The glory of the new creation, then, is not only that it recreates the human spirit, but also that it fits it for the abode of God Himself, and makes it dependent upon Him for its life, just as the flower is dependent upon the sun, and the child upon the mother. The highest spirituality, therefore, is the most utter helplessness, the most entire dependence, and the most complete possession by the Holy Spirit. The beautiful act of Christ in breathing upon His disciples, and imparting to them from His own lips the very Spirit that was already in Him, expressed in the most vivid manner the crowning glory of the new creation. When the Holy Spirit thus possesses us, He fills every part of our being. Our spirit is His central throne, our soul is under His control, and even our body becomes “the temple of the Holy Ghost.” We may be sanctified wholly, that is, in the whole man; and our whole “spirit, soul, and body preserved blameless unto the coming of Jesus Christ.”

The final stage of this glorious indwelling will be reached when the vision of Ezekiel is fulfilled, and the Spirit shall breathe into the resurrection body the life of glorious immortality. “And we shall be like Him when we shall see Him as He is.”

There are some lessons which we may learn from this picture and from the whole subject.

1. The lower is dependent upon the higher, and should be kept subordinate to it. Man’s physical frame was lifeless until his higher nature, the soul, entered it; and then he lived. So, still, our life is dependent upon our higher being; and life and health come not from below, but from above and from within. This is the essential principle of divine healing, founded as it is on the great law of creation, and expressed by Christ Himself in His answer to the tempter, about His own physical life and ours, “Man shall not live by bread alone, but by every word that passeth out of the mouth of God.”

Our higher spiritual nature should control the soul. Just as the soul is superior to the body, so the spirit should be predominant to the soul. The fatal defect of natural life is that the soul is predominant, and the natural mind controls both spirit and body. The cultivated Athenian, therefore, is just as much in the flesh as the brutal African savage. The true life is where the body and the soul are under the control of the spirit, and the spirit is under the control of the Holy Ghost, the indwelling Spirit and Life of God.

2. The beautiful figure of the breath and the air teaches us some practical lessons about the receiving of the Holy Spirit. It is a simple law of nature, that air always comes in to fill a vacuum. You can produce a draft at any time, by heating the air until it ascends, and then letting the cold air rush in to supply its place. Thus we can always be filled with the Holy Spirit by providing a vacuum. This breath is dependent upon exhausting the previous breath before you can inhale a fresh one. We must in like manner empty our hearts of the last breath of the Holy Spirit that we have received; for it becomes impure the moment we have received it, and we need a new supply to prevent spiritual asphyxia.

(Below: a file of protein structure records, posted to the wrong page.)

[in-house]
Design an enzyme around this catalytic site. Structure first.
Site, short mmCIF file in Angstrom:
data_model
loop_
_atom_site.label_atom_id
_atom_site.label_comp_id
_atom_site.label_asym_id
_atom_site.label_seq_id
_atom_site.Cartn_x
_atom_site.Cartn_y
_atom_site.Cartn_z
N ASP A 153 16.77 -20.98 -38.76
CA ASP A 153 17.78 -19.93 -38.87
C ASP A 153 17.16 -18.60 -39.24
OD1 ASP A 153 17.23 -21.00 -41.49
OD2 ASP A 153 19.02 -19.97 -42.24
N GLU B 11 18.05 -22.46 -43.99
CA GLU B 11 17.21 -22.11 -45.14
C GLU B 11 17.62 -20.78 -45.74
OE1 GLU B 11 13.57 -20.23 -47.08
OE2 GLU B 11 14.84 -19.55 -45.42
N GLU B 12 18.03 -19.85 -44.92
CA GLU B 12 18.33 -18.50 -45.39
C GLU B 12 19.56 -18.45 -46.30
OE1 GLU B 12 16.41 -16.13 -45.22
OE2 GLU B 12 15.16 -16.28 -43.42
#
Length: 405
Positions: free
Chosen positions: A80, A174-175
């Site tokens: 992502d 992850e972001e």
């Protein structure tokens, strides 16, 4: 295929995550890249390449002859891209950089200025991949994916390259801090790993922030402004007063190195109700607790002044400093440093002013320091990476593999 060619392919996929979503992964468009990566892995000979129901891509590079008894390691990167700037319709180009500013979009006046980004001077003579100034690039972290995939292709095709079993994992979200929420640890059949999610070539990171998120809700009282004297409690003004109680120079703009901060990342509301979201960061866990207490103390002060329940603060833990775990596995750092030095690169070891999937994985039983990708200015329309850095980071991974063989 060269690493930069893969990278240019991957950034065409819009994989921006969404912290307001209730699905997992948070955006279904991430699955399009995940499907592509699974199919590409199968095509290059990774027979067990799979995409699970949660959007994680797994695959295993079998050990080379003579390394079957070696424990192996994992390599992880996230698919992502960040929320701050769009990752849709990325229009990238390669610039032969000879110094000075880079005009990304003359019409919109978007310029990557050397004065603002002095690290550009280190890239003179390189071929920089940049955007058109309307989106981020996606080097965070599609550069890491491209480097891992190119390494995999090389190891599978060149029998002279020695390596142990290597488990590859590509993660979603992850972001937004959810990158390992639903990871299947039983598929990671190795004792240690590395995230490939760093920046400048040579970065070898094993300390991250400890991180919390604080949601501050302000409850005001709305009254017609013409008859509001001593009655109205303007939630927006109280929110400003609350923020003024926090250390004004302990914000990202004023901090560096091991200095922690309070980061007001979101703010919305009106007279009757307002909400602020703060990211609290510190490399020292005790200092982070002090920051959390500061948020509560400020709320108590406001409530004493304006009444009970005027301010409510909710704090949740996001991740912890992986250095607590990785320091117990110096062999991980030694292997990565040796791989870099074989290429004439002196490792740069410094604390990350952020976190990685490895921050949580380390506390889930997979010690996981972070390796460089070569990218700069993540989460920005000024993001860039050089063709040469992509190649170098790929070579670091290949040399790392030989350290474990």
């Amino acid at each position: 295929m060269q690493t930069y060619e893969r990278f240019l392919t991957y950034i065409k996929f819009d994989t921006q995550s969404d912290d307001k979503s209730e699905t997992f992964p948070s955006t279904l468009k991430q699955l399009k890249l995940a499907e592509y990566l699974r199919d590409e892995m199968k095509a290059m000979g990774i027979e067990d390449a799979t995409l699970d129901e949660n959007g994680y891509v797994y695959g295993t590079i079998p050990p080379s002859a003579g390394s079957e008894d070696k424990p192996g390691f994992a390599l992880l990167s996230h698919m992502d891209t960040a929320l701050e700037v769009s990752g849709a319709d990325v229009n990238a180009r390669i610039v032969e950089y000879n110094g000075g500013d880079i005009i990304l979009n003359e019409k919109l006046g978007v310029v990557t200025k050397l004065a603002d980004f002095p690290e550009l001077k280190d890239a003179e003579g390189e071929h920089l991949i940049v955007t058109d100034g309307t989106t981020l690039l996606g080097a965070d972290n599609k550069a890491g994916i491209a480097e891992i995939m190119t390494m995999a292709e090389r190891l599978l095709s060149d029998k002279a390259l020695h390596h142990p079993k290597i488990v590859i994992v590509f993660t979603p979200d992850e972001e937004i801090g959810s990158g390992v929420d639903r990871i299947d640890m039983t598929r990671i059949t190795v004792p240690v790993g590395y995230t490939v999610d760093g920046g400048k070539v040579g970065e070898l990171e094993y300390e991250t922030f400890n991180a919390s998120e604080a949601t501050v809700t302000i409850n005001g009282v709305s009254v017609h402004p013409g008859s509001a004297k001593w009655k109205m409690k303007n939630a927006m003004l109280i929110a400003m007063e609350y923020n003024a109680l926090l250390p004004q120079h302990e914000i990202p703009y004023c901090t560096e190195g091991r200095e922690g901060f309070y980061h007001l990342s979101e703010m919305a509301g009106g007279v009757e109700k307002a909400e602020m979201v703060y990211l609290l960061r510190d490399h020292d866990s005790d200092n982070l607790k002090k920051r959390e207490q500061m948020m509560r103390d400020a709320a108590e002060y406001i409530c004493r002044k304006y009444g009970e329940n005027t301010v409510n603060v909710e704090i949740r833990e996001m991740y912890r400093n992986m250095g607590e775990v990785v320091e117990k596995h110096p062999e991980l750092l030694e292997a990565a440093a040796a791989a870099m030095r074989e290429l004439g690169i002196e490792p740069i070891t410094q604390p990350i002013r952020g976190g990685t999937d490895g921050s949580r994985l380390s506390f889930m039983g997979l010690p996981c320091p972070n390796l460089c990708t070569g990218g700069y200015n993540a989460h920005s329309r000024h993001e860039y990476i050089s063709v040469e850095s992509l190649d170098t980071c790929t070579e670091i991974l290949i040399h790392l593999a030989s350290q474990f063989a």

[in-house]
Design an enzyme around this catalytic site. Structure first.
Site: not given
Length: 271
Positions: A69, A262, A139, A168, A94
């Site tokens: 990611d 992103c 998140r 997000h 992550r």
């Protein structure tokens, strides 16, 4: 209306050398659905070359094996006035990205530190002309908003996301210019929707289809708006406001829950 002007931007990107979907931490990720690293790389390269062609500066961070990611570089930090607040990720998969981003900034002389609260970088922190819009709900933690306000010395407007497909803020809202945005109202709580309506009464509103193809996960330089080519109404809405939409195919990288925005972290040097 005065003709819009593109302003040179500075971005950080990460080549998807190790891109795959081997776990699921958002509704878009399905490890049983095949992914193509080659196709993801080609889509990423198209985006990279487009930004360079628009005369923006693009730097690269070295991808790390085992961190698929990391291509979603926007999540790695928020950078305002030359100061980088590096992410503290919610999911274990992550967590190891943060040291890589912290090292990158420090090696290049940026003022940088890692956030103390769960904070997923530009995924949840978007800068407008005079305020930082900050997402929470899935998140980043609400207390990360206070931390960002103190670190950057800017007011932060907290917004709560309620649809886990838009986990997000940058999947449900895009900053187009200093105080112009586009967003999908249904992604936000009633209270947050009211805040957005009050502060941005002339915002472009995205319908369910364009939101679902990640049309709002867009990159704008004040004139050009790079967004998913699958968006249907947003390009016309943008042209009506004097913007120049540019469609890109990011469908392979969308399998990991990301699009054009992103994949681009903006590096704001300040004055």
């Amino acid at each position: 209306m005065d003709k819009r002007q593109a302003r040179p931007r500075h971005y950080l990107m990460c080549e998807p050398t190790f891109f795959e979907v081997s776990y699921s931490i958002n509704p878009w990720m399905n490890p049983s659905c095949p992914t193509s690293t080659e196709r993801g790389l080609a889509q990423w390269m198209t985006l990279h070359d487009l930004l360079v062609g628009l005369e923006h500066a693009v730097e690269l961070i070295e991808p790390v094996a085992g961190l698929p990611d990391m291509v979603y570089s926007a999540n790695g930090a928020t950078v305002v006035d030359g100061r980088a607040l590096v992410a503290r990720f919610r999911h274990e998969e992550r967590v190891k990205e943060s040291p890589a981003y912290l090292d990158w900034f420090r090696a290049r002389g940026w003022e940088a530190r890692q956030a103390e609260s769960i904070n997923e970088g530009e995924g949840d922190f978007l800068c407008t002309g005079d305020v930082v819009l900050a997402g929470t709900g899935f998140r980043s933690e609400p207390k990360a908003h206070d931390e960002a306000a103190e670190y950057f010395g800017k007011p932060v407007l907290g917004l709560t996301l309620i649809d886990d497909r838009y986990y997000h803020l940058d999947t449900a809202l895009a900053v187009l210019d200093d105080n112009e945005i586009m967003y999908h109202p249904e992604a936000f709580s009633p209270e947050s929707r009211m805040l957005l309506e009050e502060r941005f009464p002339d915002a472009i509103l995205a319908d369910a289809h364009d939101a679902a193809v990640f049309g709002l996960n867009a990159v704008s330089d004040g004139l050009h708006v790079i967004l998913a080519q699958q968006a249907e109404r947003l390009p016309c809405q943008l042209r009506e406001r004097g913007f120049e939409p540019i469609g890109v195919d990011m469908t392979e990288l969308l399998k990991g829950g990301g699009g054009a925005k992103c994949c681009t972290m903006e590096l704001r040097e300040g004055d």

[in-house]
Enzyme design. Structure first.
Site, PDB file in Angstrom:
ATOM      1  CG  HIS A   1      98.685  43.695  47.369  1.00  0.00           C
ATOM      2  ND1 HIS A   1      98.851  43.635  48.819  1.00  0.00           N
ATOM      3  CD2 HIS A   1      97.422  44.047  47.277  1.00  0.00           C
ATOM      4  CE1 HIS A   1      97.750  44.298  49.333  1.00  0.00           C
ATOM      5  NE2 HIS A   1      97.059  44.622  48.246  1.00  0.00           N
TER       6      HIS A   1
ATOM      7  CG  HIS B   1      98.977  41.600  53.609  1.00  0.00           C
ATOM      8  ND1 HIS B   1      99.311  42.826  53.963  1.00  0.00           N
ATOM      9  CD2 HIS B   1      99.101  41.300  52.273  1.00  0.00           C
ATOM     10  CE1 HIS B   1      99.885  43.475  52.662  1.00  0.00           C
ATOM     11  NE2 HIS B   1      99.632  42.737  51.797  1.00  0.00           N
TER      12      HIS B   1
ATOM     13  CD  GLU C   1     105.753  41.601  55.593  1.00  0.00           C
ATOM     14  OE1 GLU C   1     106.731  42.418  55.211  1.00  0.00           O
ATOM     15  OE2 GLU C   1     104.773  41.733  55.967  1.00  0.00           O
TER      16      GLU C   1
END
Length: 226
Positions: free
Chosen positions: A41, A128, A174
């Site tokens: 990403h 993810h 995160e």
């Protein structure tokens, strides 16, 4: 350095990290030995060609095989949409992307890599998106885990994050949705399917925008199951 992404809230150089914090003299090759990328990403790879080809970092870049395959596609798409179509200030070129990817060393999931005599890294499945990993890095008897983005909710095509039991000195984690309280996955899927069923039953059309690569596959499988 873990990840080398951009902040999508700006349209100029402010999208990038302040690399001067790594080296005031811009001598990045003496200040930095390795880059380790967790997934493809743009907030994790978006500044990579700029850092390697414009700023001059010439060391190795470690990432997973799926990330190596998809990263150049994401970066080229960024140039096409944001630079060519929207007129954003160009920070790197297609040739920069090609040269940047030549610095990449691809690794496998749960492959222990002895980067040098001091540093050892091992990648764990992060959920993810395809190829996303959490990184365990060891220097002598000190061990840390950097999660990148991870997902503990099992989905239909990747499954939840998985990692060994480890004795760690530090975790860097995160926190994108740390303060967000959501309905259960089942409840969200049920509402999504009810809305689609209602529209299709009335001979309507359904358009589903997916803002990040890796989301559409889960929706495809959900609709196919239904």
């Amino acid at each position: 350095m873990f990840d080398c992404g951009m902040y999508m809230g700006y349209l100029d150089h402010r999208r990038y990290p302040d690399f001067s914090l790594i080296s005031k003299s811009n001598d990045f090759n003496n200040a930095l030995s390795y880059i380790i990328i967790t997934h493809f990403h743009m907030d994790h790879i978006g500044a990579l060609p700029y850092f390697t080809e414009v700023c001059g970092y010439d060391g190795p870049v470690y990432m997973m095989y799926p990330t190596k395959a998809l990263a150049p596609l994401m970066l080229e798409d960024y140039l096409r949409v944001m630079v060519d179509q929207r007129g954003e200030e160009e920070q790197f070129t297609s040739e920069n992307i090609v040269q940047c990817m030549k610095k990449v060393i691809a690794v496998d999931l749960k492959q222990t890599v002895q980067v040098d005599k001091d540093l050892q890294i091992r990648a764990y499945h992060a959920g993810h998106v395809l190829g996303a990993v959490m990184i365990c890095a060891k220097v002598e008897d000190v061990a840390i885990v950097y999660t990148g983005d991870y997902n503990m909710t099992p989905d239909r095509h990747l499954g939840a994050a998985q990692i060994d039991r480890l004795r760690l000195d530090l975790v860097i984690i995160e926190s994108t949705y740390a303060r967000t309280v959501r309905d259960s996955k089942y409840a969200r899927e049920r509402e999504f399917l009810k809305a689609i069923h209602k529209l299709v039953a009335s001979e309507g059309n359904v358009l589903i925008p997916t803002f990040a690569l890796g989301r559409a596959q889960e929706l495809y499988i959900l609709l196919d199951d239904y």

We must learn the secret of breathing out, as well as breathing in. Now the breathing in will continue if the other part is rightly done. One of the best ways to make room for the Holy Spirit is to recognize that the needs that come into the life as vacuums are for Him to fill. We will find plenty of needs all around us to be filled; and, as we pour out our lives in holy service, He will pour His Life in, in full measure.

A board of trustees once put a heating apparatus into a church, and then put in a furnace, and announced the opening service. But the church was as cold as a barn. The hot air would not come in, although the ducts were open and the fire burning at its hottest. An expert was called in, who quietly told them that while they had made provision for letting in the fresh air, they had made none for letting out the old air in the building, and that no fresh air could come in until the old air was expelled. As a result the people sat there shivering.

Thus some of us are shivering and wondering why the Holy Spirit does not fill us. We have plenty coming in, but we do not give it out. Give out the blessing you have; start larger plans for service and blessing. You will soon find that the Holy Ghost is before you, and that He will present you with blessings for goodness and will give you all that He can trust you to give away to others.

There is a beautiful fact in nature which has its spiritual parallels. There is no music so heavenly as that of an Eolian harp. This harp is nothing but a set of musical cords arranged in harmony, and then left to be touched by the unseen fingers of the wandering winds. As the breath of heaven floats over the chords, it is said that notes almost divine float out upon the air, as if a choir of angels were wandering around and touching the strings.

It is possible to keep our hearts so open to the touch of the Holy Spirit that He can play upon them at will. As we quietly wait in the pathway of His service, again and again the touch of hands unseen will wake the echoes, and the heavenly song will spring within the depths of our being, and we shall wonder at our strange gladness. But it is still the Eolian harp of a heart wholly consecrated and attuned to God, and under the touch and breathing of the Holy Ghost.

This is what it means, “The Lord thy God in the midst of thee is mighty; He will save, He will rest in His love, He will joy over thee with singing.”